ALL DANCERS: Again, watch how your partner is dancing with you. If you do some kind of a flirty move, and they look at you and smile, then GREAT! Maybe do it again at a future dance. However, if they look away, frown, or start that "space-creating frame", back off and save it for another day. Beginner dancers can be especially sensitive to this as they don't always realize that we are really just having fun and playing with the music (especially if it is a flirty song!). Give them time to get used to the nature of our dance!

    Finally, most of us have gone through the phase where we THINK we are doing a move the way the pros do it (especially with body isolations) and what we look like is NOT what we THINK we look like. Some of these moves can be perceived as "gyrations" if not done right, which may be mis-read by your partner. The best advice I can give you here is two-fold.

    1) Get a video of yourself dancing. Yeah - it can be downright scary and depressing (I STILL hate watching myself on camera) but you will quickly learn what move - many that you may think are your COOLEST moves - that you either want to omit from your dancing or that you need help from a professional on to get it to look like what you *think* you are doing right now. That leads me to

    2) Get professional help. Even if you are only a social dancer, it doesn't hurt to take a private once in awhile to work on your dance. After all, the better dancer you are, the more people will want to dance with you! And don't we all want to be that person who can't get off the dance floor without being asked for another dance (rather than chasing partners all over the floor or sitting on the side!)? Often I hear dancers saying that they really like "X" but they don't like dancing with them because they do "Y"... and that thing is often a simple fix that you are not aware of. If finances are an issue, ask one or two people to share the private with you. This works for everyone as you now have someone to tell you when you fall back to your old habits.

    Olofactory facts: When a little bit o' "Smell Good" is too much!

    Whilst I know that we all want to "smell good" for our dance partners, it has been brought to my attention (and been my personal experience) that some people wear a LOT of cologne/perfume. Now, I am sure that to these people, it is not much, but for some, even a small amount will smell overpowering, and can even cause strong reactions including asthmatic attacks, and at the very least is can be just as unpleasant as "BO".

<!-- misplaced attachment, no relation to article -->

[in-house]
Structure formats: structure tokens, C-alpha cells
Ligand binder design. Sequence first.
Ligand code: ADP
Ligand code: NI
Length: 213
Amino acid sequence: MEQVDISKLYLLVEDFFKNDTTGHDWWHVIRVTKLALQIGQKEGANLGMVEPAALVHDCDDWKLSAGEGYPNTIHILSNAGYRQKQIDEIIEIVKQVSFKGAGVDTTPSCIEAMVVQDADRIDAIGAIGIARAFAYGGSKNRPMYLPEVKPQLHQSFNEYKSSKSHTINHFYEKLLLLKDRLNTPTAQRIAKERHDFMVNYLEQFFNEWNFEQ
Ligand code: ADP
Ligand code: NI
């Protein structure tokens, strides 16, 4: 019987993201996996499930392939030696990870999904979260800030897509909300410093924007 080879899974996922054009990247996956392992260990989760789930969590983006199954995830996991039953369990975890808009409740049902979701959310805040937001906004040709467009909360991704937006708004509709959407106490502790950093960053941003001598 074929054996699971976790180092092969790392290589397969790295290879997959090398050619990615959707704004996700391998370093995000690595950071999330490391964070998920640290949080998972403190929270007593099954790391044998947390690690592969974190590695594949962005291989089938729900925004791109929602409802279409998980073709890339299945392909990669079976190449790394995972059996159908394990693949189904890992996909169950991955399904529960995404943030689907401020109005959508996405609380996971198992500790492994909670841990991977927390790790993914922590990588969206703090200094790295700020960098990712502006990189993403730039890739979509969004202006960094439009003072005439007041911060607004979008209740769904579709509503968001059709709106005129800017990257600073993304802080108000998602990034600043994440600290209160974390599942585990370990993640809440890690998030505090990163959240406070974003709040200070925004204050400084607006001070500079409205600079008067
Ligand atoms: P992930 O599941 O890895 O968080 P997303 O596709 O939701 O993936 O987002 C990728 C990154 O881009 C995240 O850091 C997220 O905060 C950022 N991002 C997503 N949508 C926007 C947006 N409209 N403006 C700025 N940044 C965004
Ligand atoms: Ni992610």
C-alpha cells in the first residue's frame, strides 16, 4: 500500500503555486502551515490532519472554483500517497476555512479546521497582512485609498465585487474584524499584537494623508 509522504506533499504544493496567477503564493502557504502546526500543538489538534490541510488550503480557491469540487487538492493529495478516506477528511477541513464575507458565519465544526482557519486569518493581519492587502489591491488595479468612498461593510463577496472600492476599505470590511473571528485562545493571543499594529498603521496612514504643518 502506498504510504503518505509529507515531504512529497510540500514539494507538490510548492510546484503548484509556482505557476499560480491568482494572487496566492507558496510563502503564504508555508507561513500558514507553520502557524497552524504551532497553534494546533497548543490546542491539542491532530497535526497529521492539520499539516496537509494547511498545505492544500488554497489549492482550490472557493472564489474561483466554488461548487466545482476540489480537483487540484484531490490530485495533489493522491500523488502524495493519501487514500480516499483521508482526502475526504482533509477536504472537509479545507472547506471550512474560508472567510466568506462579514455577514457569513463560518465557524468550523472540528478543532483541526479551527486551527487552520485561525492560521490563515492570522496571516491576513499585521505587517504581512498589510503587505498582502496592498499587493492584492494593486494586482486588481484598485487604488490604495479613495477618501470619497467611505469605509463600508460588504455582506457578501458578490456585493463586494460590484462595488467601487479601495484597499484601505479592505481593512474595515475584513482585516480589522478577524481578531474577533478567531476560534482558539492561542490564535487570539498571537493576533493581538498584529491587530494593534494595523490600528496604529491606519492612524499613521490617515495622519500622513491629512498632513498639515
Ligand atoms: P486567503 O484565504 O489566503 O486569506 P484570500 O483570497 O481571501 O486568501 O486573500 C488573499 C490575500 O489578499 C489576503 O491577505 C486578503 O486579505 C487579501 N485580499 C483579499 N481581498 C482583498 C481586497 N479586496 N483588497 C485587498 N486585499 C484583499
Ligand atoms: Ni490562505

Please keep this in mind when you are spritzing yourself before a dance....if you are not sure, ask a few friends if your cologne seems strong. If even one finds it overpowering, you may want to cut back or switch to another brand. Your partners will thank you for it!

    Happy Dancing Everybody!

    Teaching on the Dance Floor: Helpful or Hurtful?

    So another issue was brought to my attention after this last dance - and that is around not teaching on the dance floor and practicing kindness and patience with more novice/beginner dancers.

    I think that part of the issue is that we have to remember each of us comes to the dance with different "issues" - things that can trigger us to feel insecure, incompetent, frustrated, or whatever. The newer the dancer, the more likely that these things might get triggered. And teaching on the dance floor often unwittingly sets those triggers off.

    I had one of our up-and-coming dancers came to me during our dance upset and frustrated because they had been dancing with someone who said "You could be a much more desirable dancer if you did "x"". Now I am sure that the person who said that *thought* they were being kind and helpful, but it had the quite opposite effect. Fortunately I have built a good relationship with the affected dancer and I was able to talk to them about it and helped them to calm down.

    I know what it is like to be on both sides

    I remember when I first started and many-a-leader tried to tell me what I was doing "wrong" (and I hate to tell you guys - but I still dance with many of you and to be honest, looking back with what I know now, it wasn't just me who needed to "fix" something!). Fortunately I have a somewhat tough skin and I would just avoid dancing with anyone who was unkind or who constantly tried to teach me. I didn't mind a pointer here or there, and actually appreciated it if a leader re-did a move that I missed so I could "get" it. But there are many, especially followers, who will not speak up or who have not learned to deflect this kind of "help". Whether it is well-meaning or ego driven doesn't matter - in the end, if the person feels degraded or upset after, you have done a huge disservice to the community.

    I also know what it is to be in the situation where I know something that could help a dancer to "fix" something. Note to our Newbies: It is a tough spot for us more experienced dancers to be in....we all want to see our fellow dancers get better - both to make the dance easier for us to partner with them AND to make the dance more effortless and enjoyable for them. However, there is a time and place and even a way to help.
    First, you have to remember that not everybody WANTS to fix things (I know, I know, to those of us junkies, we just can't imagine why anyone would not want to keep getting better). Many are just happy where they are at. If you are dancing with that person, just remember it is 4 minutes of your time - and I find those people are great partners for me to work on some aspect of MY dance.

    Second, you might be able to approach it by saying "That "x" move feels off to me and I'm not sure if I am leading/following it right. Do you mind if we ask {x instructor} to watch and see what *I* am doing wrong?" Note: If you try this approach, be fully ready to learn that it actually is YOU that needs to fix something!!!!